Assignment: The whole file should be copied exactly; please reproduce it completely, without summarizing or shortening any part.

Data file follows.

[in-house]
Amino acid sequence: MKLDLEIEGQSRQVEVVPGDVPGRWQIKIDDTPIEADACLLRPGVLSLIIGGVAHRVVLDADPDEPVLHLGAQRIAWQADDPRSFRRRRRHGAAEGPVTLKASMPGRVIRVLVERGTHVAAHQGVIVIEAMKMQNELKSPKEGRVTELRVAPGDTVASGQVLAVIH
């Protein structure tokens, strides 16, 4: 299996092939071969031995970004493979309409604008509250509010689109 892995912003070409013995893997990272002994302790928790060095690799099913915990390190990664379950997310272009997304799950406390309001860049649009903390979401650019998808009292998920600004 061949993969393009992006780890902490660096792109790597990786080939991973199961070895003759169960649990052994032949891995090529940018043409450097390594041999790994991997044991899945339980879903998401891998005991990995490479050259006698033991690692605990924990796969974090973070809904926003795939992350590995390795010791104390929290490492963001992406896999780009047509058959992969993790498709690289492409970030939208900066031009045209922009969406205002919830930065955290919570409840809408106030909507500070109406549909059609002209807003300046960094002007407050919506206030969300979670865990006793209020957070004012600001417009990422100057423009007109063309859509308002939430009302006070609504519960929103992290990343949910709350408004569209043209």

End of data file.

[in-house]
Amino acid sequence: MKLDLEIEGQSRQVEVVPGDVPGRWQIKIDDTPIEADACLLRPGVLSLIIGGVAHRVVLDADPDEPVLHLGAQRIAWQADDPRSFRRRRRHGAAEGPVTLKASMPGRVIRVLVERGTHVAAHQGVIVIEAMKMQNELKSPKEGRVTELRVAPGDTVASGQVLAVIH
């Protein structure tokens, strides 16, 4: 299996092939071969031995970004493979309409604008509250509010689109 892995912003070409013995893997990272002994302790928790060095690799099913915990390190990664379950997310272009997304799950406390309001860049649009903390979401650019998808009292998920600004 061949993969393009992006780890902490660096792109790597990786080939991973199961070895003759169960649990052994032949891995090529940018043409450097390594041999790994991997044991899945339980879903998401891998005991990995490479050259006698033991690692605990924990796969974090973070809904926003795939992350590995390795010791104390929290490492963001992406896999780009047509058959992969993790498709690289492409970030939208900066031009045209922009969406205002919830930065955290919570409840809408106030909507500070109406549909059609002209807003300046960094002007407050919506206030969300979670865990006793209020957070004012600001417009990422100057423009007109063309859509308002939430009302006070609504519960929103992290990343949910709350408004569209043209």